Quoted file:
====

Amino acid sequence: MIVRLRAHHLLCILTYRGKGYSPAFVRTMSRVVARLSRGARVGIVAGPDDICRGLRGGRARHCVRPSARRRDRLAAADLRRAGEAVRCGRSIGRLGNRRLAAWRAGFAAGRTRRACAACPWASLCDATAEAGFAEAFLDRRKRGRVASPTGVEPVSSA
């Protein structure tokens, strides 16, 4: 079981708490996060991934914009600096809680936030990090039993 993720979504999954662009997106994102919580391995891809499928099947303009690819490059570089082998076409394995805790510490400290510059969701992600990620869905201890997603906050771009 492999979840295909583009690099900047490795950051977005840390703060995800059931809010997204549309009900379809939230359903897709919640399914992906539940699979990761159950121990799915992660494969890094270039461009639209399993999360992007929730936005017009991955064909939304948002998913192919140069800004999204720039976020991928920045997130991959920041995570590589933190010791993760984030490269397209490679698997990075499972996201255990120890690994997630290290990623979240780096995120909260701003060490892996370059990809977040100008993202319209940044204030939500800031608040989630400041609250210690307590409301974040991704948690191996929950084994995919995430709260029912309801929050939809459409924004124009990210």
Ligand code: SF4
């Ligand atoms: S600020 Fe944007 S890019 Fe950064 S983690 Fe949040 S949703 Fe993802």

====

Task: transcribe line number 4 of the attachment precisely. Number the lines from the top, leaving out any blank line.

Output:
């Ligand atoms: S600020 Fe944007 S890019 Fe950064 S983690 Fe949040 S949703 Fe993802």